Top: Hungarian physician with North Korean kids near Huichon, Chagang Province Above: Hungarian physicians and their North Korean staff with local patients in Sariwon, North Hwanghae Province [FROM THE COLLECTION OF DR. ODON SATORI, HUNGARIAN EMBASSY]

Top: Hungarian physician with North Korean kids near Huichon, Chagang Province Above: Hungarian physicians and their North Korean staff with local patients in Sariwon, North Hwanghae Province [FROM THE COLLECTION OF DR. ODON SATORI, HUNGARIAN EMBASSY]

 
Threat in Manchuria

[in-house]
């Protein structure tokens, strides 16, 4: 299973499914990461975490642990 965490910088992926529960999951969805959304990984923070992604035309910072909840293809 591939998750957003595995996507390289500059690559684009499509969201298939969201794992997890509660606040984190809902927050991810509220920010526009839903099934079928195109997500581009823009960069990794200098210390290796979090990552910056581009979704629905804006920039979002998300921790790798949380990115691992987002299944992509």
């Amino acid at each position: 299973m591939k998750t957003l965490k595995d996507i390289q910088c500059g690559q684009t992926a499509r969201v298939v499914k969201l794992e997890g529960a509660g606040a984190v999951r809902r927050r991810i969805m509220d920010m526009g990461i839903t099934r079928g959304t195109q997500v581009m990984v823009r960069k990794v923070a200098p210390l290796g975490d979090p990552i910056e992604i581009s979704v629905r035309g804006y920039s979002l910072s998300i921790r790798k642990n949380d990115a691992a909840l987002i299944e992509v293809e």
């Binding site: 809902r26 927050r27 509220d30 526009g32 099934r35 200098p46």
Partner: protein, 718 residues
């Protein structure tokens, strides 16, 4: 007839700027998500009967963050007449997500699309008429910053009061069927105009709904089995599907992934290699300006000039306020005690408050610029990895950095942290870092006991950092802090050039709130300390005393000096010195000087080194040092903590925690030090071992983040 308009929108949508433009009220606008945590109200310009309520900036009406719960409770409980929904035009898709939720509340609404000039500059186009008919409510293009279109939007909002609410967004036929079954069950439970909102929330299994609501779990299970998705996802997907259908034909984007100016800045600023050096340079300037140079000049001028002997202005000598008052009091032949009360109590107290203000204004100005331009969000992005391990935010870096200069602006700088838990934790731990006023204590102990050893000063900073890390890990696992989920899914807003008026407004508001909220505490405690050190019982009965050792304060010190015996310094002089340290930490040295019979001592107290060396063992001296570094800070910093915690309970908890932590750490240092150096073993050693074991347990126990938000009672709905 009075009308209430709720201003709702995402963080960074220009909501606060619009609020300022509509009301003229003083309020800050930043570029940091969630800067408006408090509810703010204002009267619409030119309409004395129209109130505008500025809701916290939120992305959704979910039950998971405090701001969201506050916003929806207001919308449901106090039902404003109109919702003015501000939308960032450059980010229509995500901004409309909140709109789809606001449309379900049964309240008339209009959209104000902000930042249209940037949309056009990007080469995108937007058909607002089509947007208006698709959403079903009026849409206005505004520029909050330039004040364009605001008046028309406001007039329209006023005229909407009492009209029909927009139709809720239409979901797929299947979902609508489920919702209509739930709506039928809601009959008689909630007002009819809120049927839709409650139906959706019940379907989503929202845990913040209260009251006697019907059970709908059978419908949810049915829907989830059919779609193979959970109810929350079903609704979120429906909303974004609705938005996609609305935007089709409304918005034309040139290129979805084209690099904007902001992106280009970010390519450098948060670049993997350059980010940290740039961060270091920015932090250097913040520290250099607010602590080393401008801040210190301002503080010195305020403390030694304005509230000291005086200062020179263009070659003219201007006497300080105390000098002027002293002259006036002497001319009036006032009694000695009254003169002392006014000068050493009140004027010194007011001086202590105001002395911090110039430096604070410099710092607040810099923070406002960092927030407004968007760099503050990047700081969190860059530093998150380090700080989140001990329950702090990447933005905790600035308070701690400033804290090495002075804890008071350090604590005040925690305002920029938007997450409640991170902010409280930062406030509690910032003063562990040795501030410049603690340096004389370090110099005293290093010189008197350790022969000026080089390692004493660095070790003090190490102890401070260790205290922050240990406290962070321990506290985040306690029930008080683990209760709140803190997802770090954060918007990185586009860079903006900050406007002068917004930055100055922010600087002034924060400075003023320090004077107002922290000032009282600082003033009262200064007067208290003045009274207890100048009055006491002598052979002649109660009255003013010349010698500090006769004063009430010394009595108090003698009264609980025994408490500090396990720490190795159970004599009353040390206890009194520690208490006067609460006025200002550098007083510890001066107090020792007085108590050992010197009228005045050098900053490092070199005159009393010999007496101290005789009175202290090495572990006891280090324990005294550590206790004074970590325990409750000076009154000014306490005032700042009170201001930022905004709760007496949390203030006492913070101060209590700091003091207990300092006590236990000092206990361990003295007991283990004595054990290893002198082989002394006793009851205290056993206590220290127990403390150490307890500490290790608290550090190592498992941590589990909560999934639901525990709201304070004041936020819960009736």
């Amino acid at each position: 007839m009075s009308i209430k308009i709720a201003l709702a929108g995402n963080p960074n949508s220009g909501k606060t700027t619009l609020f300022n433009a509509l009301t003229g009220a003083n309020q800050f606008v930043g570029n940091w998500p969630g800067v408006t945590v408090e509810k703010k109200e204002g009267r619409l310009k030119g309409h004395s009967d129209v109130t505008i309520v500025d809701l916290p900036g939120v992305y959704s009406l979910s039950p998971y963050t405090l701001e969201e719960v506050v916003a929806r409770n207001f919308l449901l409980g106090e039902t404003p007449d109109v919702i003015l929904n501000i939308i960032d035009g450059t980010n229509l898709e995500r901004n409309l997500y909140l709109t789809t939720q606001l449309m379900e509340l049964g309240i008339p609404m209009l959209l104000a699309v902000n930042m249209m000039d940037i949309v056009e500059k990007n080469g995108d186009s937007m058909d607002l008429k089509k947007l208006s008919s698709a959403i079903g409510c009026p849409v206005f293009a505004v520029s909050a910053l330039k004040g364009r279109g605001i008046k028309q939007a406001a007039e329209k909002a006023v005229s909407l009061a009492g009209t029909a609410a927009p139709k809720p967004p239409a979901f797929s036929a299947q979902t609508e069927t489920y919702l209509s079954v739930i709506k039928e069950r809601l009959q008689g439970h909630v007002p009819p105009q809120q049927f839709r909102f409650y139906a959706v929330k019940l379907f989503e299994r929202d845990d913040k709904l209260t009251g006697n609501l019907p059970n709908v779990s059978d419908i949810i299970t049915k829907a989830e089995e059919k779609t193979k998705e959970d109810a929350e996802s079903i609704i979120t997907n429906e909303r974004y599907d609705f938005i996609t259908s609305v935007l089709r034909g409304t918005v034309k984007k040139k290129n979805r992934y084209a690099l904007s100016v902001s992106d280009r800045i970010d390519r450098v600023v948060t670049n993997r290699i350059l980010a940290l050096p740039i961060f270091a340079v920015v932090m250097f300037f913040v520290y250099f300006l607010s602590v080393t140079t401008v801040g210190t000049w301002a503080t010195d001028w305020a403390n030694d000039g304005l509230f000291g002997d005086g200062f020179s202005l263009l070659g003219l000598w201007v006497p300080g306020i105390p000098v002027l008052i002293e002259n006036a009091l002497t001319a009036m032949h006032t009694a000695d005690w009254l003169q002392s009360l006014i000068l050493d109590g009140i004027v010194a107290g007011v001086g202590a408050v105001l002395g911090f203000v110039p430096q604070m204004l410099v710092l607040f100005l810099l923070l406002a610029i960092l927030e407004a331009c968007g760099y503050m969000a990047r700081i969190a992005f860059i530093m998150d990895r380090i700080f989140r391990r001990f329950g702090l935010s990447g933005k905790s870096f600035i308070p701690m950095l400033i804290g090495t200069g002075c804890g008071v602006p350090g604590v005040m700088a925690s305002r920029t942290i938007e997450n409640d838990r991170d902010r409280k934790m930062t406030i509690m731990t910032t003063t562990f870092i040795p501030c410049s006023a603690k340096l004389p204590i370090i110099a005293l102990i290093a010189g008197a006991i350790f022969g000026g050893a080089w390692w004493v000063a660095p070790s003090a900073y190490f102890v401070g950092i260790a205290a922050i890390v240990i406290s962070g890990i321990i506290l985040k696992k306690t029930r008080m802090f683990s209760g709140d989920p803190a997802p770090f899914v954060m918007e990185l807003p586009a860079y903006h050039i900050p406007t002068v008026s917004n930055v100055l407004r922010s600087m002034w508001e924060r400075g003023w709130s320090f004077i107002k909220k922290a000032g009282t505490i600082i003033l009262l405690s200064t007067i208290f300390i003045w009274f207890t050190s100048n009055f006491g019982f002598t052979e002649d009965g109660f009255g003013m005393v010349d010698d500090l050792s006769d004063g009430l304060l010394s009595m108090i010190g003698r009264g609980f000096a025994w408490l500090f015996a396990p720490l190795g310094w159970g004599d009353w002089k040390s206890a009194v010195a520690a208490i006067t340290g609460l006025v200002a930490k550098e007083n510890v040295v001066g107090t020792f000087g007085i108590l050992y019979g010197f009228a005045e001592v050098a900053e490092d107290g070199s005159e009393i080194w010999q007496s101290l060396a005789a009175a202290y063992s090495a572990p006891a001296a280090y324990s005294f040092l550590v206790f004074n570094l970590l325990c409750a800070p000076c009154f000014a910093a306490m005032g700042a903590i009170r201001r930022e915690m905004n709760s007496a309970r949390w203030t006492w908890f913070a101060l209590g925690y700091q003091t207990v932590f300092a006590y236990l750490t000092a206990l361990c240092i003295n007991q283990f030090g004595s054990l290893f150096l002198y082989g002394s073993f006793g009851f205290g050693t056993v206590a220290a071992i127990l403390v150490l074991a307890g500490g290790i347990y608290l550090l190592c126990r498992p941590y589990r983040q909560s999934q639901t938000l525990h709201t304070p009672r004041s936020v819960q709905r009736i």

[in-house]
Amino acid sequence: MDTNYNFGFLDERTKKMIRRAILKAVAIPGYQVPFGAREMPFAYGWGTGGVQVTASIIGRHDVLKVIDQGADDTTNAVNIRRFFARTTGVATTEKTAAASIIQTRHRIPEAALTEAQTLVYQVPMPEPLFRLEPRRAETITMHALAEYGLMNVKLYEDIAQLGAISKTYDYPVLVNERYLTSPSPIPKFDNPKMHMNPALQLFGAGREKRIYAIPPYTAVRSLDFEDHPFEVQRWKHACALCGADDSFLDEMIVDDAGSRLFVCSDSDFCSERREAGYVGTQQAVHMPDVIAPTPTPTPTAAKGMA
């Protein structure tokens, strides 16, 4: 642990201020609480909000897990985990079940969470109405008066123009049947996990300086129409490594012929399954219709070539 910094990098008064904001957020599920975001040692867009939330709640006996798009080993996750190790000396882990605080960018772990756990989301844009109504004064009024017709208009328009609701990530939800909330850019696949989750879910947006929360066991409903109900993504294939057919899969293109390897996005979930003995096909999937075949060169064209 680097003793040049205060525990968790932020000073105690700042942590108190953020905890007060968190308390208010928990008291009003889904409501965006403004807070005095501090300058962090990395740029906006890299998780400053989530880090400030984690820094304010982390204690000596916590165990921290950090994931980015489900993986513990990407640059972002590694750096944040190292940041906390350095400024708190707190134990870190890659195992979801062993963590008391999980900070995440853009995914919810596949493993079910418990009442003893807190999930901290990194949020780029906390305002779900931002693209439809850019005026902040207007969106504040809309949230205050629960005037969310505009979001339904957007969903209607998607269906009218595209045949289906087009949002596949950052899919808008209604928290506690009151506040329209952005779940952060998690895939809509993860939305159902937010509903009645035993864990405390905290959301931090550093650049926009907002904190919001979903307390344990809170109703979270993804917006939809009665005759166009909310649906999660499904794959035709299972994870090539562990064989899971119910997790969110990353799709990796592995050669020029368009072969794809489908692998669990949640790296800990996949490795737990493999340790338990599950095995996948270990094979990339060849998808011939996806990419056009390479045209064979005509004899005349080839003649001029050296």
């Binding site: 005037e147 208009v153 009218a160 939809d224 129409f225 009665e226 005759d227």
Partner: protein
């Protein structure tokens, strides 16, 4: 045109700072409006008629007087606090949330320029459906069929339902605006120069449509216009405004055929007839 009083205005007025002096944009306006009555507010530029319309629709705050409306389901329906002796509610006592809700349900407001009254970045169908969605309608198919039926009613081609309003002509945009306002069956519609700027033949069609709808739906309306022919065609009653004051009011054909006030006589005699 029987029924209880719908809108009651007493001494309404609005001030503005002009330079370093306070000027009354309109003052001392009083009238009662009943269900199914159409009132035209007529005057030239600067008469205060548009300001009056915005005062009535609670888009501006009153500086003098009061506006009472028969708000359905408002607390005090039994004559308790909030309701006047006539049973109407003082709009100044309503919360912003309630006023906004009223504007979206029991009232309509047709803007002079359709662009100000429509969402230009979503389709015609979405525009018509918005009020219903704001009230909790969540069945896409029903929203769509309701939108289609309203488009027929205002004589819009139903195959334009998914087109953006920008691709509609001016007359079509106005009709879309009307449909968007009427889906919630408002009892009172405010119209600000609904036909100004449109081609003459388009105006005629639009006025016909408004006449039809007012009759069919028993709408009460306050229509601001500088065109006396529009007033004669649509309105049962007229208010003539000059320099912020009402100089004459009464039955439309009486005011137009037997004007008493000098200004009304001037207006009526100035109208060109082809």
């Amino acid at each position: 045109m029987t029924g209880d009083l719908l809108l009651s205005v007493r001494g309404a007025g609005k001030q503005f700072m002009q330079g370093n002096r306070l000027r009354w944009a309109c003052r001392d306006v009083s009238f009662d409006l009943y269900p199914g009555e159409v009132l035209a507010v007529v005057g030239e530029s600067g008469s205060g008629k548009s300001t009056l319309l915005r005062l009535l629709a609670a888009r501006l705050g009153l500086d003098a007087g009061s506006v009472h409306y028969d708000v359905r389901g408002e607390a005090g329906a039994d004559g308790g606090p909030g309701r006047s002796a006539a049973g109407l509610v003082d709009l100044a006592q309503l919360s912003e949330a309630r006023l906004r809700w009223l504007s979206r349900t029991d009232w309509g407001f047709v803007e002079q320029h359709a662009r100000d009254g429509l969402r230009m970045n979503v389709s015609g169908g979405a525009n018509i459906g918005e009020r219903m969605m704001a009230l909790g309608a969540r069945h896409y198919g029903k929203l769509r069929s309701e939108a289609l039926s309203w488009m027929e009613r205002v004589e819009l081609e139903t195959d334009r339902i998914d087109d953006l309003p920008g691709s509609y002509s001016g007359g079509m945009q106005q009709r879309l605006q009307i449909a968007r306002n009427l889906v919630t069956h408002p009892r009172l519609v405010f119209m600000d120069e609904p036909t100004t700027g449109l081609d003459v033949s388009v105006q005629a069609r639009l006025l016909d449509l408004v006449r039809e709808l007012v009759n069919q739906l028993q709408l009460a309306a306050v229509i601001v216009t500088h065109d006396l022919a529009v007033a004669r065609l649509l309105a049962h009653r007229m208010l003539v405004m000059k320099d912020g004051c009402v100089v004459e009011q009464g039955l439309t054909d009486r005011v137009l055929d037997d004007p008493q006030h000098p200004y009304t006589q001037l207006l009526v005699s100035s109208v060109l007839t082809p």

After the bombardment, the Hungarian medical team was transferred to Yangdok, 120 kilometers (75 miles) north of the capital. The new hospital was installed in a sanatorium of the North Korean Ministry of Interior, and, at first, the cooperation between the Hungarian team and the local cadre of physicians was not plain sailing. Regardless of all that, the Hungarians were really touched that many of their former patients from the destroyed hospital followed them to the new location. However, due to the motion of the frontline in October 1950, the Hungarian hospital was evacuated to Manpho city on the Northern border, and then to Changchun city in Manchuria. Previously, the city was the capital of Manchukuo, the Japanese puppet state (1932-1945); therefore, it was a rather modern and developed environment in contrast to the Korean battlefield. The Hungarian medical team was able to enjoy some international dishes in their local hotel, and the prices in the local department stores were surprisingly low, so they could buy various porcelain, leather and ivory goods. However, according to the reminiscences of one of the Hungarian physicians, everyday life in Manchuria was not free of dangers for the Europeans at that time. As stated by the physician, the local residents sometimes attacked and stabbed Europeans simply because they believed that they were Soviets. It is probable that the traditional Sino-Soviet rivalry already existed at that time, despite the so-called “fraternal friendship” between the communist empires. Therefore, the Chinese authorities ordered security officials to escort and guard the Hungarian physicians.